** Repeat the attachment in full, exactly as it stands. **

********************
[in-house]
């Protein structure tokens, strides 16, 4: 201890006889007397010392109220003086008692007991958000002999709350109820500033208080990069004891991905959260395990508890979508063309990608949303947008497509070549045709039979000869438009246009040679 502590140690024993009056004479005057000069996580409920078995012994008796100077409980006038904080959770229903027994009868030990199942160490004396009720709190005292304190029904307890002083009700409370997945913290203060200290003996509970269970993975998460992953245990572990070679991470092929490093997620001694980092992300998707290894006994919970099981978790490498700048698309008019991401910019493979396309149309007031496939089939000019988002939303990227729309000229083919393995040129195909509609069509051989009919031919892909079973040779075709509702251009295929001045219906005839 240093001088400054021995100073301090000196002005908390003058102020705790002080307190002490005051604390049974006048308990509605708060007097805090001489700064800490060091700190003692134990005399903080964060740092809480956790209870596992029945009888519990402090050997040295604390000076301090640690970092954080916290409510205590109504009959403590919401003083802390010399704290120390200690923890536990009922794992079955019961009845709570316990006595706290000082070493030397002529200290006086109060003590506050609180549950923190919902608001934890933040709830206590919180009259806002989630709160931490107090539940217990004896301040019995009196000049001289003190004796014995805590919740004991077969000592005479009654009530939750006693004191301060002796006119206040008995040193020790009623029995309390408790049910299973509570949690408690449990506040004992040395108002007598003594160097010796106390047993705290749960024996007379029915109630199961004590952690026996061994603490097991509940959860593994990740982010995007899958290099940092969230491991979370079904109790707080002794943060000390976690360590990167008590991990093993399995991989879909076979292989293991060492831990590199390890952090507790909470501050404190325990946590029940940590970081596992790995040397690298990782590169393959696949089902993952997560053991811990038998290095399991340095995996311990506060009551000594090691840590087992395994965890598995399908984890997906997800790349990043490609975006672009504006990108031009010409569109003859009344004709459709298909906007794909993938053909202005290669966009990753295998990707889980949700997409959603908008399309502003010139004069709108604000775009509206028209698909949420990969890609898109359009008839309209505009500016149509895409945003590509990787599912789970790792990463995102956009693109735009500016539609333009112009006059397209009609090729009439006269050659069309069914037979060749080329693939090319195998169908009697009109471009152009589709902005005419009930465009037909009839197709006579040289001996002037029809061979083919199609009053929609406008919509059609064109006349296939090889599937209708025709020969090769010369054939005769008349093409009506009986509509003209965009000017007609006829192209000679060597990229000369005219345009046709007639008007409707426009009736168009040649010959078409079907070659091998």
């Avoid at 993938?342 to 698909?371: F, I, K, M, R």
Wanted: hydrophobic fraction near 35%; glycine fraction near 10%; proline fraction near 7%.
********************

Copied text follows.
[in-house]
């Protein structure tokens, strides 16, 4: 201890006889007397010392109220003086008692007991958000002999709350109820500033208080990069004891991905959260395990508890979508063309990608949303947008497509070549045709039979000869438009246009040679 502590140690024993009056004479005057000069996580409920078995012994008796100077409980006038904080959770229903027994009868030990199942160490004396009720709190005292304190029904307890002083009700409370997945913290203060200290003996509970269970993975998460992953245990572990070679991470092929490093997620001694980092992300998707290894006994919970099981978790490498700048698309008019991401910019493979396309149309007031496939089939000019988002939303990227729309000229083919393995040129195909509609069509051989009919031919892909079973040779075709509702251009295929001045219906005839 240093001088400054021995100073301090000196002005908390003058102020705790002080307190002490005051604390049974006048308990509605708060007097805090001489700064800490060091700190003692134990005399903080964060740092809480956790209870596992029945009888519990402090050997040295604390000076301090640690970092954080916290409510205590109504009959403590919401003083802390010399704290120390200690923890536990009922794992079955019961009845709570316990006595706290000082070493030397002529200290006086109060003590506050609180549950923190919902608001934890933040709830206590919180009259806002989630709160931490107090539940217990004896301040019995009196000049001289003190004796014995805590919740004991077969000592005479009654009530939750006693004191301060002796006119206040008995040193020790009623029995309390408790049910299973509570949690408690449990506040004992040395108002007598003594160097010796106390047993705290749960024996007379029915109630199961004590952690026996061994603490097991509940959860593994990740982010995007899958290099940092969230491991979370079904109790707080002794943060000390976690360590990167008590991990093993399995991989879909076979292989293991060492831990590199390890952090507790909470501050404190325990946590029940940590970081596992790995040397690298990782590169393959696949089902993952997560053991811990038998290095399991340095995996311990506060009551000594090691840590087992395994965890598995399908984890997906997800790349990043490609975006672009504006990108031009010409569109003859009344004709459709298909906007794909993938053909202005290669966009990753295998990707889980949700997409959603908008399309502003010139004069709108604000775009509206028209698909949420990969890609898109359009008839309209505009500016149509895409945003590509990787599912789970790792990463995102956009693109735009500016539609333009112009006059397209009609090729009439006269050659069309069914037979060749080329693939090319195998169908009697009109471009152009589709902005005419009930465009037909009839197709006579040289001996002037029809061979083919199609009053929609406008919509059609064109006349296939090889599937209708025709020969090769010369054939005769008349093409009506009986509509003209965009000017007609006829192209000679060597990229000369005219345009046709007639008007409707426009009736168009040649010959078409079907070659091998």
């Avoid at 993938?342 to 698909?371: F, I, K, M, R």
Wanted: hydrophobic fraction near 35%; glycine fraction near 10%; proline fraction near 7%.